Chapter

CRC's Performance of the Child as Developing

Ashleigh Barnes

in Law and Childhood Studies

Published in print March 2012 | ISBN: 9780199652501
Published online May 2012 | e-ISBN: 9780191739217 | DOI: http://dx.doi.org/10.1093/acprof:oso/9780199652501.003.0023

Series: Current Legal Issues

CRC's Performance of the Child as Developing

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Law is enslaved to child welfare and child development experts. The agitation of a particular identity, or a categorization based upon alleged ‘natural’ characteristics, has been carried out in the context of gender, race, sexual orientation, etc., to expose the unnaturalness and difference within that category. In an attempt to explore a similar critique of the child, this chapter recruits a Foucauldian critique of power and truth/knowledge to make the argument that the category ‘child’ is not based upon a set of natural and fundamental characteristics shared by those aged birth to eighteen — the operating presumption of the child in the UN Convention on the Rights of the Child (CRC). If there is no universal ‘child’, on what ground do the politics behind and the power relations dependent upon the fictitious universal child in the CRC stand? To examine the CRC's child, one must start by exploring the shape of rights given to the child. When these rights diverge from the rights given (or emphasized) to all other humans, one must look at the justification that is offered. The identification of that justification illuminates the CRC's true child, as though we are seeking to understand Pinocchio's goal: what it means to be a ‘real’ [child], in this case a ‘real’ child according to the CRC. The chapter argues that to be a ‘true’ or ‘real’ child, a person nominated a child must be ‘developing’. It then argues and seeks to explicate how the hierarchy of power surrounding the child is made possible.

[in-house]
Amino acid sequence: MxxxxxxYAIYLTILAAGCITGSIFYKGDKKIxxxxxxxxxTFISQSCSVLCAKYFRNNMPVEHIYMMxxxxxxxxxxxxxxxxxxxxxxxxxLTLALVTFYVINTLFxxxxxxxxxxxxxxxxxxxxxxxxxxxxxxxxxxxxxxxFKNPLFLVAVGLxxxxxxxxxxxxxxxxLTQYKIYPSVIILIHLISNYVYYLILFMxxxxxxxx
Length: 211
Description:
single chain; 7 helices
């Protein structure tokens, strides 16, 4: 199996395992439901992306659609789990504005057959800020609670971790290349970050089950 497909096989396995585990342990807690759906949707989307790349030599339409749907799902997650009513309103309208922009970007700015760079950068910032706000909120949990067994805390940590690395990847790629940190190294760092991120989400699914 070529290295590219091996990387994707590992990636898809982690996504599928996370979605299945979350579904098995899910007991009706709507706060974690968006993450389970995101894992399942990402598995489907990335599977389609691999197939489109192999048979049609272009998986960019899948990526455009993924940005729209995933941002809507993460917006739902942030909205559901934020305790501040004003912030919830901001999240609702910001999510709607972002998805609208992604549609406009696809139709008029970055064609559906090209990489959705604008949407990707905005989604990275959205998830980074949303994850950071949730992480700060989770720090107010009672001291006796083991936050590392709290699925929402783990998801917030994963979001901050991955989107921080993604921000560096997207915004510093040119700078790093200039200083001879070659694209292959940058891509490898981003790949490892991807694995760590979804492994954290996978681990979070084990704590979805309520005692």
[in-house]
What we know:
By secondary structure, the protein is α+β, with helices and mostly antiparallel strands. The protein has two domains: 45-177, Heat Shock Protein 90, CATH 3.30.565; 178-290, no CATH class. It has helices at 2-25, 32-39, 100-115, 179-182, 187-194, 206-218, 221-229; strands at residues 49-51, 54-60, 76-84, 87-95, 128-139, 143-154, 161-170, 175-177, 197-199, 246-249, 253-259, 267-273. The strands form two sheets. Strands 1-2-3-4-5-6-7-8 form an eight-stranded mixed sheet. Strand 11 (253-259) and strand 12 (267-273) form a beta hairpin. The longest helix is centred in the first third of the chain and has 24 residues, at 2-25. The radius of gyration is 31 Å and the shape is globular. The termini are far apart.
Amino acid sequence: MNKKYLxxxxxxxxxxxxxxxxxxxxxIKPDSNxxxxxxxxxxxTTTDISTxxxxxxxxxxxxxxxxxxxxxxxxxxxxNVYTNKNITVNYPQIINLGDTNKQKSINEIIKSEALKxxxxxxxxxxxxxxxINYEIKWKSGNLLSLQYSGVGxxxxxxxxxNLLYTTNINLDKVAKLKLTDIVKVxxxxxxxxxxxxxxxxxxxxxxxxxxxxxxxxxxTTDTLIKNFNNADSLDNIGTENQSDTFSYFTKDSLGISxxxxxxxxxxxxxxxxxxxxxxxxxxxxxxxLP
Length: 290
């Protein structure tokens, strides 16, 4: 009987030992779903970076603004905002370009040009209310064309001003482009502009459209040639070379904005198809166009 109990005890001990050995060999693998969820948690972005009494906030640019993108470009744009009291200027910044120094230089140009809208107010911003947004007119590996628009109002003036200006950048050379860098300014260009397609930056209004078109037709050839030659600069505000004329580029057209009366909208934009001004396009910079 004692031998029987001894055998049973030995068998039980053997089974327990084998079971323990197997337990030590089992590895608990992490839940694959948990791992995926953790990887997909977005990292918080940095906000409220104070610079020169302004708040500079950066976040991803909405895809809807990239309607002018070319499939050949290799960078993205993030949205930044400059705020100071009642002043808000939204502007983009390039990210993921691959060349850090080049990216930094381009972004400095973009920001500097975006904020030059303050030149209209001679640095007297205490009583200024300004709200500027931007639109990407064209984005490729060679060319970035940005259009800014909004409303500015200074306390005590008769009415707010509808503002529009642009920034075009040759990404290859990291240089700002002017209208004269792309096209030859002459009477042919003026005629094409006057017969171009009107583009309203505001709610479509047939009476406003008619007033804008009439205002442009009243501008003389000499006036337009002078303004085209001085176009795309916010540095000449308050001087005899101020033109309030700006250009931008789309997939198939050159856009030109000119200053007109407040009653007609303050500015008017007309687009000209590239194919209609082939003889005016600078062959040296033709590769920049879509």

Keywords: child; children; rights; developing

Chapter.  17266 words. 

Subjects: Family Law

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